Keynote Speaker Jody R. Westby is the CEO at Global Cyber Risk LLC. Drawing upon a unique combination of more than twenty years of technical, legal, policy, and business experience, Ms. Westby provides consulting and legal services to public and private sector clients around the world in the areas of privacy, security, cybercrime, breach management, and IT governance. She also serves as Adjunct Professor to the Georgia Institute of Technology’s School of Computer Science and is a professional blogger for Forbes. 

Ms. Westby led the development of the International Toolkit on Cybercrime Legislation and is an editor and co-author of the 2010 WFS-ITU publication, The Quest for Cyber Peace. Ms. Westby is co-author and editor of four books on privacy, security, cybercrime, and enterprise security programs and author of two books on legal issues associated with cybersecurity research, all published by the ABA. She speaks globally on these issues.

Charlotte A. Tschider is the Jaharis Faculty Fellow in Health Law and Intellectual Property for the DePaul University College of Law and was most recently Lead Affiliated Professor for the Mitchell Hamline School of Law’s Cybersecurity and Privacy Law program. Tschider is a Fulbright Specialist in cybersecurity and privacy law and advises Medtronic, Inc., on international health and medical device privacy strategy, big data, and artificial intelligence initiatives. Tschider is author of International Cybersecurity and Privacy Law in Practice (Wolters Kluwer 2018).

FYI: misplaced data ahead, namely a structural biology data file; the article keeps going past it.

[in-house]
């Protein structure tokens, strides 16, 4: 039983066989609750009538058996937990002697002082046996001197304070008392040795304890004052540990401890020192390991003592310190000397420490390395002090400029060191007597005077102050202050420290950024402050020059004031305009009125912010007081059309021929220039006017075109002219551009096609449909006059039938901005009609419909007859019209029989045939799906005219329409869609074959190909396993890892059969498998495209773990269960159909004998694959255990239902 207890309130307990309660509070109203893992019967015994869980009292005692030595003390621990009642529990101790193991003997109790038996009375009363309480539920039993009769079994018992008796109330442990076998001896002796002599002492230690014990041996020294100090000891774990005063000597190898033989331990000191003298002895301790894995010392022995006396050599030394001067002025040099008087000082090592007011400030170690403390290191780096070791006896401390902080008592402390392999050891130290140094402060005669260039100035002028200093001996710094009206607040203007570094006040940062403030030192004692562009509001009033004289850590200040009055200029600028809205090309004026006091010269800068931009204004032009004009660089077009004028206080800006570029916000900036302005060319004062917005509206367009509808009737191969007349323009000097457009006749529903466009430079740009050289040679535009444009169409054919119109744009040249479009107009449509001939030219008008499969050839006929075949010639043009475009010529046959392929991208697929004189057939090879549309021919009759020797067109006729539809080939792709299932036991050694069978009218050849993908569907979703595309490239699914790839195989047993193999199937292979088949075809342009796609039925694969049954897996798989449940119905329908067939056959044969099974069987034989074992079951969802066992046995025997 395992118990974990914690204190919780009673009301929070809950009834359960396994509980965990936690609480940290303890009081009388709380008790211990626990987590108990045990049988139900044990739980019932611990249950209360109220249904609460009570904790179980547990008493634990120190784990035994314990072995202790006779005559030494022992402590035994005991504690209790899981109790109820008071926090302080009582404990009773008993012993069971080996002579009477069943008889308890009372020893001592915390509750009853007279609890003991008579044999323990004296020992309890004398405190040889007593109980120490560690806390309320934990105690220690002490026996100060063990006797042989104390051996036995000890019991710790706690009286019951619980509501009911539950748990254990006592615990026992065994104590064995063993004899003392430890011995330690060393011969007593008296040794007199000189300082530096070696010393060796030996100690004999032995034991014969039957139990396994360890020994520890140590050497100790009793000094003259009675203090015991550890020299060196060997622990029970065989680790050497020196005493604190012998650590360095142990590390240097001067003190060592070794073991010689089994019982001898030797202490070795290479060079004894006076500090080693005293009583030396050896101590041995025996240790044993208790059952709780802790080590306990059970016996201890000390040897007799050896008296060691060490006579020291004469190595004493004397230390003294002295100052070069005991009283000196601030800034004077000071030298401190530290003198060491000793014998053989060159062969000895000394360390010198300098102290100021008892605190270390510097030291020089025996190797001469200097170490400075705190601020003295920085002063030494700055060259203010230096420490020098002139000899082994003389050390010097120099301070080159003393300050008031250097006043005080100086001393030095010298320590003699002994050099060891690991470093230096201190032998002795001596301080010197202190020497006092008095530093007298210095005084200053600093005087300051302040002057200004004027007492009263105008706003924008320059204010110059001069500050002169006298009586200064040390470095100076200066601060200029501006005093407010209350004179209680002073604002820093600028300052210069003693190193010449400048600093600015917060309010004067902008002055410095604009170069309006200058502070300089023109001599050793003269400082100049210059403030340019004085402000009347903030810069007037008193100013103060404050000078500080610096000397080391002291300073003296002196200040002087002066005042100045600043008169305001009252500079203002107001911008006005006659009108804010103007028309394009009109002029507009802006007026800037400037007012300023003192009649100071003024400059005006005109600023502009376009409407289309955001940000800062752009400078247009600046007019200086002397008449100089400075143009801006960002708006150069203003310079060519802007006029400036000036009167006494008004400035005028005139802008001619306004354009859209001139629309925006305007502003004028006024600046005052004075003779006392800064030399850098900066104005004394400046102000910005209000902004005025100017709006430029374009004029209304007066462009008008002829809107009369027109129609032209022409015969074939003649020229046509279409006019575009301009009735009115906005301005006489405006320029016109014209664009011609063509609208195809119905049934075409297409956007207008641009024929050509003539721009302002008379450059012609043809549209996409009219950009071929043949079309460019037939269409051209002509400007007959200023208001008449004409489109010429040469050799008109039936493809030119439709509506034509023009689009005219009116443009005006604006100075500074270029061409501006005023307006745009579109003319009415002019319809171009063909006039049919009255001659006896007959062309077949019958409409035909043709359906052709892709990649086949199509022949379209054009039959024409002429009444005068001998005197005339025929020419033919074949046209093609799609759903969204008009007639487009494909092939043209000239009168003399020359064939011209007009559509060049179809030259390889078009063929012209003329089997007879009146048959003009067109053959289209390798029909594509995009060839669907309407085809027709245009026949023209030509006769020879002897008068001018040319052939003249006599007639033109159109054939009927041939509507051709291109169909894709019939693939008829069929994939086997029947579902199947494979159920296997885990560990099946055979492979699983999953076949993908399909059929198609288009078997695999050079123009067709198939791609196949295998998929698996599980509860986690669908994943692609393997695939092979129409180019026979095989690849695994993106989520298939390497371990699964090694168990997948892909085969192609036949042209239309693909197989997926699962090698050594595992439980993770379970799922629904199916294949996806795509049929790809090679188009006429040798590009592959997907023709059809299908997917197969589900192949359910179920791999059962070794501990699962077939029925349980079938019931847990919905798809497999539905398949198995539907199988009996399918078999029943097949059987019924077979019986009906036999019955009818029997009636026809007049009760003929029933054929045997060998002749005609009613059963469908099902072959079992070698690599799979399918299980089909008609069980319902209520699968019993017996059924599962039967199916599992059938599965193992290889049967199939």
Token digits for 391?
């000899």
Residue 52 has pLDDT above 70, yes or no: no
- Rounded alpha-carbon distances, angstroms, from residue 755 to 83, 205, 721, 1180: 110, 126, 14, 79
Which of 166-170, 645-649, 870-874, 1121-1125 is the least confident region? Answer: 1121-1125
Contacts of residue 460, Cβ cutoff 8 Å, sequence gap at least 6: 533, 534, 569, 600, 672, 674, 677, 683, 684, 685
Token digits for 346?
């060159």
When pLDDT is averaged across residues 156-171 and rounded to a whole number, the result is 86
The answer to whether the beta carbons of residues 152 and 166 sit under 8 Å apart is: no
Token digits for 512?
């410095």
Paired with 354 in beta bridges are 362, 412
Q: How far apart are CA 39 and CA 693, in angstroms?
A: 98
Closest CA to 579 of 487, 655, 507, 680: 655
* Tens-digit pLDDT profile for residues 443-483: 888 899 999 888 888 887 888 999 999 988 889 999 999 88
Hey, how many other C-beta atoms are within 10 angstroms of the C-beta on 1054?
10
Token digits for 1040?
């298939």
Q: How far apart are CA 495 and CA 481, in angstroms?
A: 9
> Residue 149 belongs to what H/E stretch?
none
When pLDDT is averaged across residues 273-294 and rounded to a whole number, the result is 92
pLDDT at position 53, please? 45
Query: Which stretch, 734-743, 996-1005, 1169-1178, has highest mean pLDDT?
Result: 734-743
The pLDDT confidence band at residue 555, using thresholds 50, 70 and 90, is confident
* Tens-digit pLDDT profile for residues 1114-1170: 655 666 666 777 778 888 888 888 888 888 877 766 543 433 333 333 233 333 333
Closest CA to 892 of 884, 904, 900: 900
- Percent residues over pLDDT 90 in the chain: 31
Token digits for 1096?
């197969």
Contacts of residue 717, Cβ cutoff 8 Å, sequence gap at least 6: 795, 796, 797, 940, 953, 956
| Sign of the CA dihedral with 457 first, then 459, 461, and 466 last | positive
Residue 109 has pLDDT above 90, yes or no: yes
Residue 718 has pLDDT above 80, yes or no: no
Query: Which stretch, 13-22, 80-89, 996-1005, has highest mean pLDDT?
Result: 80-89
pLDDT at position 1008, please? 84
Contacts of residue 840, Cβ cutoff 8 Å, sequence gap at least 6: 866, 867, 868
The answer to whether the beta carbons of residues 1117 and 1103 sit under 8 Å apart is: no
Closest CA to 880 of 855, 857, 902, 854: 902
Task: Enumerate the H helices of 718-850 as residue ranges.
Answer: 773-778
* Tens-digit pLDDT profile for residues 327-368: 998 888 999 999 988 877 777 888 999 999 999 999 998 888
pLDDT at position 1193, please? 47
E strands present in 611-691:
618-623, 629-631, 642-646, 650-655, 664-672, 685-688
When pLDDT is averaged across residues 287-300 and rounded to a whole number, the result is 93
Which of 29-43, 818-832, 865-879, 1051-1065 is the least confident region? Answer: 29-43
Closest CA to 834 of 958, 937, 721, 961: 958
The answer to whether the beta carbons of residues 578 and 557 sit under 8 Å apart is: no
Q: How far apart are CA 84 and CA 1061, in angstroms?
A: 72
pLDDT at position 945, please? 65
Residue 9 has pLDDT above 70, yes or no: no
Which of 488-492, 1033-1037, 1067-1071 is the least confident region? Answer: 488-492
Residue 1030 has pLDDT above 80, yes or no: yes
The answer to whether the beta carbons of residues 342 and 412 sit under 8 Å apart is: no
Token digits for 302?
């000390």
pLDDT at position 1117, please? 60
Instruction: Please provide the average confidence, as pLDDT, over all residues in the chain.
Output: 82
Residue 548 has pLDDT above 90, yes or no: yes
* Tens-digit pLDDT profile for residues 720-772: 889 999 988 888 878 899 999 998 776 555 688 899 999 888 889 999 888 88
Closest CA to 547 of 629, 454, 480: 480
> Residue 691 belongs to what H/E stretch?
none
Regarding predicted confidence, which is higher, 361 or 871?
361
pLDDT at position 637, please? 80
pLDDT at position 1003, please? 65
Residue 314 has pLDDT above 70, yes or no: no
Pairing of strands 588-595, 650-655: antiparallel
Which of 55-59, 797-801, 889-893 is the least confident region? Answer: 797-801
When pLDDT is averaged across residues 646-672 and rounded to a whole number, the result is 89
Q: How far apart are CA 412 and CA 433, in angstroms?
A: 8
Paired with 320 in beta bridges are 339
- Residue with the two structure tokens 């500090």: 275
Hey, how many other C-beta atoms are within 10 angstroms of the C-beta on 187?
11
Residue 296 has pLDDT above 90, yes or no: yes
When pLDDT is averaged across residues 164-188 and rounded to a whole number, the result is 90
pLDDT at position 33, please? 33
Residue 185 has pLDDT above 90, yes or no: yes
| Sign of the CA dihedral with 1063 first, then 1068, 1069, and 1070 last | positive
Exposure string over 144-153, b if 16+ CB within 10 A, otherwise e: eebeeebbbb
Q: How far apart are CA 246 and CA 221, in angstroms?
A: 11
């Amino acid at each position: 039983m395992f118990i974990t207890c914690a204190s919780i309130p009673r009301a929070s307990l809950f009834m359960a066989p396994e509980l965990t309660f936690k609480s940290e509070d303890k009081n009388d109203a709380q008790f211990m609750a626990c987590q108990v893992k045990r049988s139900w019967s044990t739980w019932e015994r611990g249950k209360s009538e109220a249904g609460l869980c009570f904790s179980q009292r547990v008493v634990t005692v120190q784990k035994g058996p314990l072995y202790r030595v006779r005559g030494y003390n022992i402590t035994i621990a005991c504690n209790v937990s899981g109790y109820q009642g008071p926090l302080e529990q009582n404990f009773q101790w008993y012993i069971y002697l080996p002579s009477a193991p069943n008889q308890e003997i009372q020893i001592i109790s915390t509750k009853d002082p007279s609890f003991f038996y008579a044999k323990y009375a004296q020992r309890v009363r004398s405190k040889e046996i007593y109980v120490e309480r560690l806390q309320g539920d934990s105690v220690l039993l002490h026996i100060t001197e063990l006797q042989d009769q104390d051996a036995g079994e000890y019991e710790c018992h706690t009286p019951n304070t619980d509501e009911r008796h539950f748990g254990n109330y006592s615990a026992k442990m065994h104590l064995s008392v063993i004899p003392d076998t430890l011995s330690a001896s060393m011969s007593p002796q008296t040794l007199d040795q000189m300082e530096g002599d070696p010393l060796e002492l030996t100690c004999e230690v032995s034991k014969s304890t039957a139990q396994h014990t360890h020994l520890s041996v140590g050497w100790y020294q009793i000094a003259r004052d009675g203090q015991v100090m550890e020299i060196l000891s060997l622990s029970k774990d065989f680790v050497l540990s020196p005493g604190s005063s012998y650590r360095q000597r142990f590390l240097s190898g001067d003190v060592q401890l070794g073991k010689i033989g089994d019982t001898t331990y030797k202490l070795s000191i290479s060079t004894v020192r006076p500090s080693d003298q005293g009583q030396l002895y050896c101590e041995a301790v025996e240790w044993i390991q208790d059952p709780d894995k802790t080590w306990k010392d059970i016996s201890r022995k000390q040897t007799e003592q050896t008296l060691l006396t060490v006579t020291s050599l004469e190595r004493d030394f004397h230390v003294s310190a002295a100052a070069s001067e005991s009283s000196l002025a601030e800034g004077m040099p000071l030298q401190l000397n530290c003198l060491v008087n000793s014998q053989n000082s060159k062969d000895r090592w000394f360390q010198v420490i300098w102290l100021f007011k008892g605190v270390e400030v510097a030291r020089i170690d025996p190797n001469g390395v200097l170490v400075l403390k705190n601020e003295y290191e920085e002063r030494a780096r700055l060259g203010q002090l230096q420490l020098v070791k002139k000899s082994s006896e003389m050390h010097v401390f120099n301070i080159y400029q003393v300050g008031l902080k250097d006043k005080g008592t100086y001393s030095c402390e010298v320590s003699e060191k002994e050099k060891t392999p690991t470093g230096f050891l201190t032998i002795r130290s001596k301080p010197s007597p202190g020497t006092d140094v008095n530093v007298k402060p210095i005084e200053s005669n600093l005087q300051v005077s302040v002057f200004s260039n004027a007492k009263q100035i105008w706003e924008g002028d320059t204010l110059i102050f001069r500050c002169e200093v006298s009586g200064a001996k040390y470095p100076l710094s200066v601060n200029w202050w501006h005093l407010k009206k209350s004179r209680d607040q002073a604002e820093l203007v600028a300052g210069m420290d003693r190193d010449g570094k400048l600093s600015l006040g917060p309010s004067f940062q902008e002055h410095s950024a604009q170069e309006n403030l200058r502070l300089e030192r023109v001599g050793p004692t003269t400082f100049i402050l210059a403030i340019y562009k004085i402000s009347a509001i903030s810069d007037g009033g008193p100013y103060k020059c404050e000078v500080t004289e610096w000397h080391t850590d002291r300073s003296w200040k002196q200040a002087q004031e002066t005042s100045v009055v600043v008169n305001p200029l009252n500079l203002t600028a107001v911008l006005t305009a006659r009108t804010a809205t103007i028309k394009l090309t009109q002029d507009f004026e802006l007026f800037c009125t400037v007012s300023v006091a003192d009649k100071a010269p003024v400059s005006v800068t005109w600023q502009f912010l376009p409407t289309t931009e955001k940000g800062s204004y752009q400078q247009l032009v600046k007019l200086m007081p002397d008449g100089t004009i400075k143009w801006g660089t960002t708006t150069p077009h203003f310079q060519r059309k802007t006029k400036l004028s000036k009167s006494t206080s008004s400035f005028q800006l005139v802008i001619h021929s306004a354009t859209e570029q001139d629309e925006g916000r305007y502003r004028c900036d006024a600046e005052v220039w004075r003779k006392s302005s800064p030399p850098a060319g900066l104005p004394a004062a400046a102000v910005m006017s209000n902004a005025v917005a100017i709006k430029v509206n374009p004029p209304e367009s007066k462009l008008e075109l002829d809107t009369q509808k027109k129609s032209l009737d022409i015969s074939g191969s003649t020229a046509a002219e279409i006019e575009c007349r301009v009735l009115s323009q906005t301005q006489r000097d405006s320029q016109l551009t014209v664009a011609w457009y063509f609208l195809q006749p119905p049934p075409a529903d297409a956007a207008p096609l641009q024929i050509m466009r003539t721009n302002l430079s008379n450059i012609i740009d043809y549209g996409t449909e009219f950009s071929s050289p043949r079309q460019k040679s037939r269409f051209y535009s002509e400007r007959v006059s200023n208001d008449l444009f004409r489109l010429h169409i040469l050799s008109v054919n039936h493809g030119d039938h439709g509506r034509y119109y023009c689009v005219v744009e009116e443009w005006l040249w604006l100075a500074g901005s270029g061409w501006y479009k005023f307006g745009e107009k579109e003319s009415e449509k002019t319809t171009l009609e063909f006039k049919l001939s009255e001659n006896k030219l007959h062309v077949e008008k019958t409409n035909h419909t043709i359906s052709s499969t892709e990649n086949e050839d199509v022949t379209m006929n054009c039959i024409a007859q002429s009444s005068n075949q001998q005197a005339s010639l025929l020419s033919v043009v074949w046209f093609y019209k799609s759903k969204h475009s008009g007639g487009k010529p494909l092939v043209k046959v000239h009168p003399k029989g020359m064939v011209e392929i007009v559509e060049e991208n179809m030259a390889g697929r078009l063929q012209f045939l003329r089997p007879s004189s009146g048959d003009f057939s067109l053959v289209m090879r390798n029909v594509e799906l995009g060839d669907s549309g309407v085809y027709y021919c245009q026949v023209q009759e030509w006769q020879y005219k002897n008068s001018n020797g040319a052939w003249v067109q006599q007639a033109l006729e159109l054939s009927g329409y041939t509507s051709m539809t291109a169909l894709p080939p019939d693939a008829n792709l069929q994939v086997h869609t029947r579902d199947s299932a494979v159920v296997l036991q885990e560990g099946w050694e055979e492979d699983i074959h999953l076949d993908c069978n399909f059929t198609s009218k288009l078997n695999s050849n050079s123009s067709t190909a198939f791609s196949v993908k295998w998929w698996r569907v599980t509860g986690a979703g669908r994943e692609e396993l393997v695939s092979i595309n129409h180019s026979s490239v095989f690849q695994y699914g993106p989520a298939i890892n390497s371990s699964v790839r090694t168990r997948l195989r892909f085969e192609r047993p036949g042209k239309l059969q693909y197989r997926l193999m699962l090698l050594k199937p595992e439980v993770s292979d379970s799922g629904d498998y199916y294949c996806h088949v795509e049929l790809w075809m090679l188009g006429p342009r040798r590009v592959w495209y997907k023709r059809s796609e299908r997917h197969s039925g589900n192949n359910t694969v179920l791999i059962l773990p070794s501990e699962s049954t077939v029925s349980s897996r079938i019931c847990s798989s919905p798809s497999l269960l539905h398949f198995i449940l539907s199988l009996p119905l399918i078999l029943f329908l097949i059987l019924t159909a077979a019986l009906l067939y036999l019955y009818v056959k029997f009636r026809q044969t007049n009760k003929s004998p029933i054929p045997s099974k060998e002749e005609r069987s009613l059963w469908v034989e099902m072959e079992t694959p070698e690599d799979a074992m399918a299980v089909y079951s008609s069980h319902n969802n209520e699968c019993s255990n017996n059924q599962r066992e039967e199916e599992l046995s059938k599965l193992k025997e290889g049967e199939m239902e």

Bruce Boyden is an Associate Professor at Marquette University Law School. He teaches and writes in the areas of copyright, Internet law, privacy, legal history, and civil procedure. His scholarship focuses on the effect of technological change on the evolution of legal doctrine. Prior to joining the faculty at Marquette, Bruce was a visiting professor at Washington & Lee University School of Law and at Michigan State University College of Law. Before that, he was in private practice for several years with the law firm Proskauer Rose LLP, where his practice focused on copyright, privacy, digital rights management, and Internet law.

Dr. Katherine Rickus is an Assistant Professor in the Philosophy Department at Marquette. She holds degrees in Psychology, Medicine, and Philosophy. She has cross academic appointments at Marquette and the Medical College of Wisconsin, a practicing clinician specializing in Psychiatry, and a founder of the Initiative For Collaborative Research Across Medicine and the Humanities (ICRAMH) at Marquette. She is also one of the organizers for this symposium.

Michael Zimmer, PhD, is a privacy and internet ethics scholar, whose work focuses on digital privacy, the ethical dimensions of social media & internet technologies, libraries & privacy, and internet research ethics. He is an Associate Professor in the School of Information Studies at the University of Wisconsin-Milwaukee, where he also serves as Director of the Center for Information Policy Research.


Additional Information

For additional information about this event, contact Dr. Thomas Kaczmarek at thomas.kaczmarek@marquette.edu or 414-288-6734.

This symposium was sponsored by the Center for Cyber Security Awareness and Cyber Defense and hosted by Northwestern Mutual. Additional support was provided by Kohls and Uline.